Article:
In summary, the best way to teach Thor that he can't always get what he wants is by making sure you provide clear, consistent communication about what the consequences of his various behaviors will be. Making sure that he gets lots of attention and reinforcement when he is performing behaviors that you like, ignoring and not reinforcing behaviors that you don't like, and actively working to replace unwanted behaviors with more desirable, incompatible ones will give Thor a new vocabulary for how he should interact with the humans that he shares him home with, and will hopefully give your ears a much needed rest.

With patience, determination, and consistency, I have no doubt that the above methods can begin to lead to a significant decline in Thor's screaming. If you haven't done so already, I'd also suggest checking out the articles we have posted at, as they contain information about bird training, behavior, and enrichment that you may find interesting and useful.

Best of luck to you both!


Chris Jenkins
Natural Encounters, Inc.

Steve Martin & Staff
About Steve Martin & Staff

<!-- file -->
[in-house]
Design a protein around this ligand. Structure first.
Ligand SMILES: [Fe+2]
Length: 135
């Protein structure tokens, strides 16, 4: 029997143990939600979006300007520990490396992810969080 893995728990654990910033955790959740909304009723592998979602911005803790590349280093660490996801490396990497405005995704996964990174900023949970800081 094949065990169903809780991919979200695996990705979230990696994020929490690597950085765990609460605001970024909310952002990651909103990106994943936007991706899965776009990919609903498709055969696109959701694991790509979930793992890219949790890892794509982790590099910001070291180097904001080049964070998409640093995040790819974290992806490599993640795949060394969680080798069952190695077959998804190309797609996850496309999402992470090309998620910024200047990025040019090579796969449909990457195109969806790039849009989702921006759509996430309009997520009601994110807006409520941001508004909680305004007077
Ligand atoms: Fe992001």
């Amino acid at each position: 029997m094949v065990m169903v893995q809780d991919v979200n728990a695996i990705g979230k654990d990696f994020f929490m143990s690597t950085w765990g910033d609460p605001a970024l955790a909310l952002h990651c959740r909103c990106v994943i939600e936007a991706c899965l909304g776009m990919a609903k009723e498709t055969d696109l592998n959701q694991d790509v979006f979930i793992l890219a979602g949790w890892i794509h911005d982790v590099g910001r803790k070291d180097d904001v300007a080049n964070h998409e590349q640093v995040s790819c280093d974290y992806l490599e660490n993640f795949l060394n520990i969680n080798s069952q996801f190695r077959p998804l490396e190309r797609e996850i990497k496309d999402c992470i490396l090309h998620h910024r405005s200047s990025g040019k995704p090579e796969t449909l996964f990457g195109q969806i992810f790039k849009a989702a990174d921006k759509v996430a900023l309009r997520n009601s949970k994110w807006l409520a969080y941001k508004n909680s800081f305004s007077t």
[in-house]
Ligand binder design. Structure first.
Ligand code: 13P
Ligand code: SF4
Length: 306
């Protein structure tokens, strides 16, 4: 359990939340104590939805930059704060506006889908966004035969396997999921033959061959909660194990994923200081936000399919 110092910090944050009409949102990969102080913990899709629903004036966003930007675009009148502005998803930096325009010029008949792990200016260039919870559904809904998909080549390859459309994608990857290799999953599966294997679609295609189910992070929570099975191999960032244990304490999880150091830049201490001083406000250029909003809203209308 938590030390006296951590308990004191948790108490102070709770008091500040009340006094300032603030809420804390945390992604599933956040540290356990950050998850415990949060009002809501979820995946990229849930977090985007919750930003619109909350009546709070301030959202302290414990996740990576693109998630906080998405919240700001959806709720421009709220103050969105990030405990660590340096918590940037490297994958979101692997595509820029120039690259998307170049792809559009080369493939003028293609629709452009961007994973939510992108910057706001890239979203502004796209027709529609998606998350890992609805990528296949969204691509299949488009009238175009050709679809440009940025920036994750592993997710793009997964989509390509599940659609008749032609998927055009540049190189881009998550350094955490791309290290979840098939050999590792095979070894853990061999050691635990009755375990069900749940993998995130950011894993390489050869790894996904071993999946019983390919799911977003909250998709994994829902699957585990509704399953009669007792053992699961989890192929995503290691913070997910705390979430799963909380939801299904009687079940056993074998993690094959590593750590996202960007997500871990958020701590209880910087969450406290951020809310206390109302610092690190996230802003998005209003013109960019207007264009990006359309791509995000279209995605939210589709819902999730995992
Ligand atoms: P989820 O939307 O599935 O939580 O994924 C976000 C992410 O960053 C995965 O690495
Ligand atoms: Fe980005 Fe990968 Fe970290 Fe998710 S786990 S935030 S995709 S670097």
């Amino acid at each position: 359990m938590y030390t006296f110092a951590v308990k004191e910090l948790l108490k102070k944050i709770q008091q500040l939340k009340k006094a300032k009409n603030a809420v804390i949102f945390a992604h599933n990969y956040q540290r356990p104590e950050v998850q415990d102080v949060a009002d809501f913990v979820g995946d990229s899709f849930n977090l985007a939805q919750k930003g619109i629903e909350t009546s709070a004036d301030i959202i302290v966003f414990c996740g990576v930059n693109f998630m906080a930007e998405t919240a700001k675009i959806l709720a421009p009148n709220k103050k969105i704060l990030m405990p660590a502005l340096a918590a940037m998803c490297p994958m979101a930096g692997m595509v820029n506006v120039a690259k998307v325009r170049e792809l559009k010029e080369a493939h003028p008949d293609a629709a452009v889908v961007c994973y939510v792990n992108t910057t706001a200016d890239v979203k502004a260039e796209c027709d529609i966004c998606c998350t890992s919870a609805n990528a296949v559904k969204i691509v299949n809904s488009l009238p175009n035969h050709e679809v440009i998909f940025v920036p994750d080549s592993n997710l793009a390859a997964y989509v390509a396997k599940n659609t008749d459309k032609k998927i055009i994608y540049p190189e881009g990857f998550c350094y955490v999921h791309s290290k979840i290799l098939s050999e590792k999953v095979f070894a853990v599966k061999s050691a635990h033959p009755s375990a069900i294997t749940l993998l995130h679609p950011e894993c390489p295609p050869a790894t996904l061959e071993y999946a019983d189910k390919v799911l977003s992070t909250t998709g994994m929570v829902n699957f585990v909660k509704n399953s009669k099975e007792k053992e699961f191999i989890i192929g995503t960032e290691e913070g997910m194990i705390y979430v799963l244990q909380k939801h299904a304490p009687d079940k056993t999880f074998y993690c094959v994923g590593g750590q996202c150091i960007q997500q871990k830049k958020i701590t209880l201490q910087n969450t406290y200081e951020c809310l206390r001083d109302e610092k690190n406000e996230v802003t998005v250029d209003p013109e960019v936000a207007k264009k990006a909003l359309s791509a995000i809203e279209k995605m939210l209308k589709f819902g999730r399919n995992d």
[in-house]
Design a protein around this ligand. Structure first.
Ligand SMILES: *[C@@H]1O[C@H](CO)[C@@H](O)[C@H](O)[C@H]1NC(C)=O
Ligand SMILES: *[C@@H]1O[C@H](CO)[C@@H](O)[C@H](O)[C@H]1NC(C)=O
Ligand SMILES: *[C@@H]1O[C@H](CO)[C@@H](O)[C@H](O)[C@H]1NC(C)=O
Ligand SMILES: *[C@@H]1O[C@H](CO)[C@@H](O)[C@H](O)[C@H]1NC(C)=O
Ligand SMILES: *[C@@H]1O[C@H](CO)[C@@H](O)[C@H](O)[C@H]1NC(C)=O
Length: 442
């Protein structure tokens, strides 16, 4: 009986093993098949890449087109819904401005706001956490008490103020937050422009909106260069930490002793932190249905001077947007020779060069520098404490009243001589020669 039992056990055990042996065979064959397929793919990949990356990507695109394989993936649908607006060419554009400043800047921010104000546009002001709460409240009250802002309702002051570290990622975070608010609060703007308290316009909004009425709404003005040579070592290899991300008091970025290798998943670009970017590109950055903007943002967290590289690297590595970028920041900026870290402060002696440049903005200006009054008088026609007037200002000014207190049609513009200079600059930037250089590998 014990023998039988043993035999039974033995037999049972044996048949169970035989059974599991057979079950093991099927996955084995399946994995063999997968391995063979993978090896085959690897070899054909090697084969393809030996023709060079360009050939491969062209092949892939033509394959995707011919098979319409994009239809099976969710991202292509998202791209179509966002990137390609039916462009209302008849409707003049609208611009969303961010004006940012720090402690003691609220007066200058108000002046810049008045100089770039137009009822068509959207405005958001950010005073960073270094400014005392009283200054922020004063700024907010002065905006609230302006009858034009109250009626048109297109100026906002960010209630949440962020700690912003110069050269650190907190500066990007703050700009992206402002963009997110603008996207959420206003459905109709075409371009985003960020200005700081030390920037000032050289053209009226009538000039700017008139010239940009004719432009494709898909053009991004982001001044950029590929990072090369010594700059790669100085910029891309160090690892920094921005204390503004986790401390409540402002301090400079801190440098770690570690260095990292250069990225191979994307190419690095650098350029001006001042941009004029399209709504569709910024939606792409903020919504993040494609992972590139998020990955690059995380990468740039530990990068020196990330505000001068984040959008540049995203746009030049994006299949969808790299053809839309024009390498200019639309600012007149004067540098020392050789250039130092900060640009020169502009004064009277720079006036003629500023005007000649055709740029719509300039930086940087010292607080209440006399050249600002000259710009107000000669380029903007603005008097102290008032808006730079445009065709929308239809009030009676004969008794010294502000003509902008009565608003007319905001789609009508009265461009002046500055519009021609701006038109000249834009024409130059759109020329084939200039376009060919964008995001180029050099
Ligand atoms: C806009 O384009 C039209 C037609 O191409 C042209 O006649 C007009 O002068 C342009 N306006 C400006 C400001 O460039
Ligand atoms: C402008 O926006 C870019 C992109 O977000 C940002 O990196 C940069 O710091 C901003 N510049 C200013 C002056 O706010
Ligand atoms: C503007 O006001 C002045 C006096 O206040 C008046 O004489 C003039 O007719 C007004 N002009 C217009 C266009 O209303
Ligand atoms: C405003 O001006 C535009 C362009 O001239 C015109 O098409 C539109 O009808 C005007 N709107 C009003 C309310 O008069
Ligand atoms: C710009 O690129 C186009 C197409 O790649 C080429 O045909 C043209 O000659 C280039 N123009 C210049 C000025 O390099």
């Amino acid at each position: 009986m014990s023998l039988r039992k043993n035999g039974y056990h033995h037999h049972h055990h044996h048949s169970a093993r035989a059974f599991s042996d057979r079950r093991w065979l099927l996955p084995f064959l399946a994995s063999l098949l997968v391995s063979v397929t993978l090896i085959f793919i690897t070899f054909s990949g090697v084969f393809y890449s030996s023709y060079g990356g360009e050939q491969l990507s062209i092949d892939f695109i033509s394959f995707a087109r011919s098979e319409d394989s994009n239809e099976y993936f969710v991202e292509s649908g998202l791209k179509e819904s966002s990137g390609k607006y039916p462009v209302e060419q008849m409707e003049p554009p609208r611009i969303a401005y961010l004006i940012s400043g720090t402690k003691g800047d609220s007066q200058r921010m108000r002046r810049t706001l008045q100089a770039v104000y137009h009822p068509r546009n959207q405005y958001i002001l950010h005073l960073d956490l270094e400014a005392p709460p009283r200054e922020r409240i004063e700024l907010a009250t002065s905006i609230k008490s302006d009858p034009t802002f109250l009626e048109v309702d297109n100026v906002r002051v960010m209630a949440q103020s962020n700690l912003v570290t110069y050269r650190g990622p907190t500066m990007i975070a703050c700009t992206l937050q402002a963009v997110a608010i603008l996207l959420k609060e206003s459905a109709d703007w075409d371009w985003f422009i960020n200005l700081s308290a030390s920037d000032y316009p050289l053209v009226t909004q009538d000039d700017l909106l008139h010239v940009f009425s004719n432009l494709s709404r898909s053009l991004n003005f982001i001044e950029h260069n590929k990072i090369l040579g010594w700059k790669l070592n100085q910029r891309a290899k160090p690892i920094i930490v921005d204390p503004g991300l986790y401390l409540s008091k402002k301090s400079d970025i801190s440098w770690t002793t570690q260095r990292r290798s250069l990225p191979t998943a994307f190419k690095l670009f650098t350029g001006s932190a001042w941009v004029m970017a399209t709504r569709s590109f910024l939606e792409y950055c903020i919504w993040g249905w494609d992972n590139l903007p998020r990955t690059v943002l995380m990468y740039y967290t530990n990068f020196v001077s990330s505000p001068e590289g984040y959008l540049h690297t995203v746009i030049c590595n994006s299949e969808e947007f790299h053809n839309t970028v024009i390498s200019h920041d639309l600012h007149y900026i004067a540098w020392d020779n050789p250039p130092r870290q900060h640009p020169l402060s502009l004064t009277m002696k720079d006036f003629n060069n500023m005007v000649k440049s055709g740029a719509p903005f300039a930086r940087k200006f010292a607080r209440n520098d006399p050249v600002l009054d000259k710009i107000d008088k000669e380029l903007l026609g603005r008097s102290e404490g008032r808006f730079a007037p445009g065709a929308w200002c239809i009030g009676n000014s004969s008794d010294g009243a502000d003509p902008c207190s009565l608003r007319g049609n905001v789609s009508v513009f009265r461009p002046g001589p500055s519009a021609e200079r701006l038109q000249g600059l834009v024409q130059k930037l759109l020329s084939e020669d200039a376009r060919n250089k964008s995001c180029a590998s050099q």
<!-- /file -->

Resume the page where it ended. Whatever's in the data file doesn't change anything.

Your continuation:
Steve Martin has lived with parrots from the time he was five years old. By the time he was 16 his bird interest expanded to falconry and he has been a Master Falconer ever since.

He began his professional animal training career when he set up the first of its kind, free-flight bird show at the San Diego Wild Animal Park in 1976. Since then he has produced educational animal programs, or consulted at, over 50 zoological facilities around the world.

Steve has produced three videos on parrot behaviour and training and lectures frequently about parrot behaviour. He has also written several articles on animal behaviour and conducts training workshops each year at his facility in Winter Haven, Florida. Over two-thirds of his year is spent on the road consulting with zoos and aquariums on animal behaviour issues or teaching staff the art and science of animal behaviour.

Steve is President of both Natural Encounters, Inc., ( a company of over 20 professional animal trainers, and Natural Encounters Conservation Fund, Inc., a company dedicated to raising funds for conservation projects.
Steve has been a long time fan, supporter, and a Trustee of the World Parrot Trust. He is also a core team member of the California Condor Recovery Team, and Past-President and founding member of IAATE, an international bird trainers’ organization.